As well as giving your baby protein, these foods contain other useful nutrients, such as iron and zinc, which are important for babies.
Eggs produced under the British Lion Code of Practice (stamped with the red lion) are considered the very low risk for salmonella, and safe for babies and toddlers to eat raw or partially cooked. Protein foods include:
chicken
turkey
beef
lamb
pork
fish (no bones)
egg
lentils
beans
tofu
pulses, such as chickpeas


Dairy

Pasteurized dairy foods such as pasteurized full-fat yogurt and cheese are suitable foods for your baby from around 6 months.
Full-fat, unsweetened or plain yogurts are a good choice because they don’t contain added sugars. Whole pasteurized (full-fat) cows' milk, or goats' or sheep's milk, can be used in cooking or mixed with food from around 6 months old, but not as a drink until your baby is 12 months.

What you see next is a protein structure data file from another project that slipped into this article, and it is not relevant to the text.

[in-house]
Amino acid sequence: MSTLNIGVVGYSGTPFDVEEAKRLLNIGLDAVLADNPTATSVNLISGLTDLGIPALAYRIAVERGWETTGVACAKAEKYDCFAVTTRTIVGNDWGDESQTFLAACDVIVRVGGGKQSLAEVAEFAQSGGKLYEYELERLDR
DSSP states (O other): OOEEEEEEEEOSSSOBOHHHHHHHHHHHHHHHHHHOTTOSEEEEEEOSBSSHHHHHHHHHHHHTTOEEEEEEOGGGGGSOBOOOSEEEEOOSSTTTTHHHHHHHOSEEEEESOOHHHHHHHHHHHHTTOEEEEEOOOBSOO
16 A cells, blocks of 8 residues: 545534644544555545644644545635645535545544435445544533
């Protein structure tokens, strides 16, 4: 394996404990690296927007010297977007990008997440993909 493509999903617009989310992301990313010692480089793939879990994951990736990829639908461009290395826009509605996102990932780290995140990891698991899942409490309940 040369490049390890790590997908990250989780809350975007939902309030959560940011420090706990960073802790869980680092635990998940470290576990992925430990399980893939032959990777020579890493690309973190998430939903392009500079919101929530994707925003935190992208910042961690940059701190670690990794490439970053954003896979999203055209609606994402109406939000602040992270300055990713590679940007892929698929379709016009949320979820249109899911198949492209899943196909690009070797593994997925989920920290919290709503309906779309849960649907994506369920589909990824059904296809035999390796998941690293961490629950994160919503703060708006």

Eggs produced under the British Lion Code of Practice (stamped with the red lion) are considered the very low risk for salmonella, and safe for babies and toddlers to eat raw or partially cooked. Read about the healthy way to eat eggs.


Smooth or lumpy?

To help your baby get used to different textures and tastes quickly, try moving on to mashed and finger foods (from purées or blended) as soon as they're ready. This helps them learn how to chew, move solid food around their mouth and swallow solid foods. Give your baby a spoon and let them try feeding themselves – you might need to stick a mat under the highchair though!